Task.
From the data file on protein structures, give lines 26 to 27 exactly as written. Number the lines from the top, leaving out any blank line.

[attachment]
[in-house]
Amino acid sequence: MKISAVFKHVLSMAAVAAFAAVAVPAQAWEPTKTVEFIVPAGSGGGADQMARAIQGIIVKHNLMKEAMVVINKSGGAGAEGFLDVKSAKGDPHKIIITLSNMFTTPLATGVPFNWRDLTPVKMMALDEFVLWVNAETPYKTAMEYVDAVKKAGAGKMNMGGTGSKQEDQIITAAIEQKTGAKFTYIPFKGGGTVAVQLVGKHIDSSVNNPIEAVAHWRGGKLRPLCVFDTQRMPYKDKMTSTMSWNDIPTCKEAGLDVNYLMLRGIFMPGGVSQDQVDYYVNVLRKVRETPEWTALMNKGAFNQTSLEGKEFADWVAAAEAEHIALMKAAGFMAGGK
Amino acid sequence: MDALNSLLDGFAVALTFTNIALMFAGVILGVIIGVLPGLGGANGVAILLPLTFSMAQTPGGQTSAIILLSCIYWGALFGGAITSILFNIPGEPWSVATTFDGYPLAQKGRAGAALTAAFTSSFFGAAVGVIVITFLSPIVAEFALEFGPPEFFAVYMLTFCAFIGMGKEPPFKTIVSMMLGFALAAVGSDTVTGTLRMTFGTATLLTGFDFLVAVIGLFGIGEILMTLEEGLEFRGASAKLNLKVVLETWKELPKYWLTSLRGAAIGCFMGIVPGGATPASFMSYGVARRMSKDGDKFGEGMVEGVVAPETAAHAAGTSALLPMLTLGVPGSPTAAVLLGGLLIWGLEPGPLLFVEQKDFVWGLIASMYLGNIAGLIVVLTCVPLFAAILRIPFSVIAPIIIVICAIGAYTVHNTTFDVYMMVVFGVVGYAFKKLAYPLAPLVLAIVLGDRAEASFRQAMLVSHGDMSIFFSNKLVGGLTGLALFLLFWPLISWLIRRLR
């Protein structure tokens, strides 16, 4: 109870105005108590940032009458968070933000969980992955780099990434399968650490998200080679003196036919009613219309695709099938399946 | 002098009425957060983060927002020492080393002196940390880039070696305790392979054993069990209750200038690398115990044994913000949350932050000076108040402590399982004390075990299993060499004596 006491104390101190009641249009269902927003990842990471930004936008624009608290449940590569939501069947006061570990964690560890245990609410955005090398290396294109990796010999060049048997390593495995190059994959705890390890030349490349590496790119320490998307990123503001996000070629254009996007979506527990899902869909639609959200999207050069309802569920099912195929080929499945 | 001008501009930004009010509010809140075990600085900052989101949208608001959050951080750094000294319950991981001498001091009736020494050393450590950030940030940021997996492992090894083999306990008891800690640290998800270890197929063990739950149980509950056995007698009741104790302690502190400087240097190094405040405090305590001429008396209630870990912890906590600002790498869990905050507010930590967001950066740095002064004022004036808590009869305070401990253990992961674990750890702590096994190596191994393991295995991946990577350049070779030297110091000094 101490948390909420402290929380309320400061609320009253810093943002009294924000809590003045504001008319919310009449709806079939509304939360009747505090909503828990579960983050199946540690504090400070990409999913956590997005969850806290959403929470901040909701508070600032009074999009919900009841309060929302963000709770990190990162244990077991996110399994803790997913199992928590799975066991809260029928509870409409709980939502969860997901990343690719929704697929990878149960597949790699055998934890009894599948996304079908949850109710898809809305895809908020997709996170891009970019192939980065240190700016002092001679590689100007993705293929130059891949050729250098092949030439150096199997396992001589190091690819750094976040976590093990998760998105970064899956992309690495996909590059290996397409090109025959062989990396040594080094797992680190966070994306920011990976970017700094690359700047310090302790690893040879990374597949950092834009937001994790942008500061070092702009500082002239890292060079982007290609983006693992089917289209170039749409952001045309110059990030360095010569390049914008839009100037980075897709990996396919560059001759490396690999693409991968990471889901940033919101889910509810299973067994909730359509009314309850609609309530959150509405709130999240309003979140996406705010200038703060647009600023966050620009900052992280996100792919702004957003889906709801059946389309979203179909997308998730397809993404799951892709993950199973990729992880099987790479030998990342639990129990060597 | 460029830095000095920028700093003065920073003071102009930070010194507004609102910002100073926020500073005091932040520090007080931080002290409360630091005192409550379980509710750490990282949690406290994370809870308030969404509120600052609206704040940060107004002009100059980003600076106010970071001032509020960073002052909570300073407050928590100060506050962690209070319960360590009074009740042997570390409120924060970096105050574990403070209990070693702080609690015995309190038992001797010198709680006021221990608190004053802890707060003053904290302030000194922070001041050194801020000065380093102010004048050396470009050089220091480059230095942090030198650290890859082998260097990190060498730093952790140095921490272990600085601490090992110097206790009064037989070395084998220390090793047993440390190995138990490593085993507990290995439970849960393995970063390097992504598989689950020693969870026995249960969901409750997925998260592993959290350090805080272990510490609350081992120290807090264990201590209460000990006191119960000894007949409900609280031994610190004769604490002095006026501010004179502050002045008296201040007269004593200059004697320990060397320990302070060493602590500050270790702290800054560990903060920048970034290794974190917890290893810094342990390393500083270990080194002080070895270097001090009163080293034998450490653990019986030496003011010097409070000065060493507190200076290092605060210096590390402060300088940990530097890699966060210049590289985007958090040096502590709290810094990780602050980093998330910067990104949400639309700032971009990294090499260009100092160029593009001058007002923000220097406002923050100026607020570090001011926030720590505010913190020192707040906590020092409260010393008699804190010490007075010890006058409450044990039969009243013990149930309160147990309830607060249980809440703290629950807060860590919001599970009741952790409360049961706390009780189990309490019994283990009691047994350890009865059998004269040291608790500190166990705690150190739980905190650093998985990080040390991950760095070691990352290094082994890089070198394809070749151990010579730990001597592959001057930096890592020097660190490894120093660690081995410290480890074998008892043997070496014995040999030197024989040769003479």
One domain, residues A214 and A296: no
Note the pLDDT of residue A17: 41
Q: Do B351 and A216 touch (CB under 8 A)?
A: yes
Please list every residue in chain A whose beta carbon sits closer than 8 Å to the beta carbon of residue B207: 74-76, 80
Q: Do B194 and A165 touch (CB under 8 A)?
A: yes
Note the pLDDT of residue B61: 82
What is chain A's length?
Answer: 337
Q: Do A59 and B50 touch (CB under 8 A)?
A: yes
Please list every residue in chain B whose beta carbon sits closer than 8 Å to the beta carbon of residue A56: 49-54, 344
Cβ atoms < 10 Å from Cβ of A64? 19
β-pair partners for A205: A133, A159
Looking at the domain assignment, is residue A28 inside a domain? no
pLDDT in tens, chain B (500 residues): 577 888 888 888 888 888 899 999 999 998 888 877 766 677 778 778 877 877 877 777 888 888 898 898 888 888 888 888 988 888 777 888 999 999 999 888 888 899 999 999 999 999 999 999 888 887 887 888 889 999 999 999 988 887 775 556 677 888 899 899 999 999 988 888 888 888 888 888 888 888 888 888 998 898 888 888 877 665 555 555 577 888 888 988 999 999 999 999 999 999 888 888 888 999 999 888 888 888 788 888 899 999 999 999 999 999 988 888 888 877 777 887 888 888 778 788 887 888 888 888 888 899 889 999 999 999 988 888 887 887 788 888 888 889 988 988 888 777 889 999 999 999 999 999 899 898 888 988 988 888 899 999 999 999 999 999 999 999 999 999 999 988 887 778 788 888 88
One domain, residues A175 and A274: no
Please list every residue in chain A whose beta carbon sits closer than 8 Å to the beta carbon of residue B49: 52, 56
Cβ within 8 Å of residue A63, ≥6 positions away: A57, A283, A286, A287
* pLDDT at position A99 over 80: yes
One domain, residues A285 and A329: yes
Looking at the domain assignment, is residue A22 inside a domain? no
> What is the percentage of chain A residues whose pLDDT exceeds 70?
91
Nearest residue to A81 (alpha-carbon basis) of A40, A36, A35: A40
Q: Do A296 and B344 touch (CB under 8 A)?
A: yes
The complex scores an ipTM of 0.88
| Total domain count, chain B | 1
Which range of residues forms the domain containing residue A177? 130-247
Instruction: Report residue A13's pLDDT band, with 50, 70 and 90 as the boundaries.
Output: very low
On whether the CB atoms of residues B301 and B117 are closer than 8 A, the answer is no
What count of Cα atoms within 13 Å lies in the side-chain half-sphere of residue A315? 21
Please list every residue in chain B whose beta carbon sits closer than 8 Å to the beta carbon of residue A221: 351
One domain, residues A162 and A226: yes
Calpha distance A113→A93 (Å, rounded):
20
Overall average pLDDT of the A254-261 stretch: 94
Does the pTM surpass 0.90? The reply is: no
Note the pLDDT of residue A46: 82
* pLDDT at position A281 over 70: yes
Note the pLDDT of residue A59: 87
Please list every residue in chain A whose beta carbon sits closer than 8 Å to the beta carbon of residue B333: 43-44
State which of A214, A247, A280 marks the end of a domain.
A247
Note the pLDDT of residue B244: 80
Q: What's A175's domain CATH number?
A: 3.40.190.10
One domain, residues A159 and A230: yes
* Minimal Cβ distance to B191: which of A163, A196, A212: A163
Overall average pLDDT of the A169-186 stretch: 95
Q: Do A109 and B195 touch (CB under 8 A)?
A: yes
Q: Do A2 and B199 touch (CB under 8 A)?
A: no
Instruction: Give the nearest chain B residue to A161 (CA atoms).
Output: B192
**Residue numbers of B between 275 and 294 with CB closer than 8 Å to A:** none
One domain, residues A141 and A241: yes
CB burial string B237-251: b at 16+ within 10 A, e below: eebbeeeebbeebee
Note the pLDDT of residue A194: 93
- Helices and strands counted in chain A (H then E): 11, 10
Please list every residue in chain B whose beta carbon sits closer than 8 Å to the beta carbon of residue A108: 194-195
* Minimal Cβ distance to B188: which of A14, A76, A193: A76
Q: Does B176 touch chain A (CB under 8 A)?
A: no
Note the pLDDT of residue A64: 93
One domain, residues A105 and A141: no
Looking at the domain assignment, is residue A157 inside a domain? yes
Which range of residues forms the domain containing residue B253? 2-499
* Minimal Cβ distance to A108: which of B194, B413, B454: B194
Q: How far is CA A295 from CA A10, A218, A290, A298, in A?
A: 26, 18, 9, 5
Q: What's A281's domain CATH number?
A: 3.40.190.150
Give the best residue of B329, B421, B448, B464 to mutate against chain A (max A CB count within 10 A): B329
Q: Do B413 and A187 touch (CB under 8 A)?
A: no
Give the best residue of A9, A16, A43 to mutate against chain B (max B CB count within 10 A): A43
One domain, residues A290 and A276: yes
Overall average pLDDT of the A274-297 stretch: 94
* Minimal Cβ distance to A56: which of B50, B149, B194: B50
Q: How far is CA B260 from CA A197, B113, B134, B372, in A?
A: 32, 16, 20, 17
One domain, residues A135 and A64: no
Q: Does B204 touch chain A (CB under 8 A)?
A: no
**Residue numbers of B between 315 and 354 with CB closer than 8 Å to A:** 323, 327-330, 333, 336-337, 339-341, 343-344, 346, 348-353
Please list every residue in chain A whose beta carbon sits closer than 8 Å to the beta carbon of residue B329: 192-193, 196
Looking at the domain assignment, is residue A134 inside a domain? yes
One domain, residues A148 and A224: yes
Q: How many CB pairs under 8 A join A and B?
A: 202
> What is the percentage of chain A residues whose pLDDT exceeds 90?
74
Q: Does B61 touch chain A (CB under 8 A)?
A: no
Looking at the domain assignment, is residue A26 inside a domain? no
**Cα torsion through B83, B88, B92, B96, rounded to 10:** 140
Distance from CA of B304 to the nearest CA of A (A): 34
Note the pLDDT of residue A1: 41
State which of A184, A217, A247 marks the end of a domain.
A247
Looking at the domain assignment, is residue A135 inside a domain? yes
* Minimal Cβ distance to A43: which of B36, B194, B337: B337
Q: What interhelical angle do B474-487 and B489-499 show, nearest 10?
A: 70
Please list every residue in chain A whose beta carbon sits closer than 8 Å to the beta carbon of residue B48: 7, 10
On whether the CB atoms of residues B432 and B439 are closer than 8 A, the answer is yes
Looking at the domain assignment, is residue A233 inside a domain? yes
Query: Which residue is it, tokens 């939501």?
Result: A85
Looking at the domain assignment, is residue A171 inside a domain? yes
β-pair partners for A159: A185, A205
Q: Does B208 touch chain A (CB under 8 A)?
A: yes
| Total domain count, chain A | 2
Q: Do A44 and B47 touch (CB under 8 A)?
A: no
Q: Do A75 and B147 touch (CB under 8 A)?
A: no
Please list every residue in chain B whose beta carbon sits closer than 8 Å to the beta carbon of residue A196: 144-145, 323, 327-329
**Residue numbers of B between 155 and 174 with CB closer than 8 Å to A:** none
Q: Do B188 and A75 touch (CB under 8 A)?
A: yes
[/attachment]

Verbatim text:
One domain, residues A285 and A329: yes
Looking at the domain assignment, is residue A22 inside a domain? no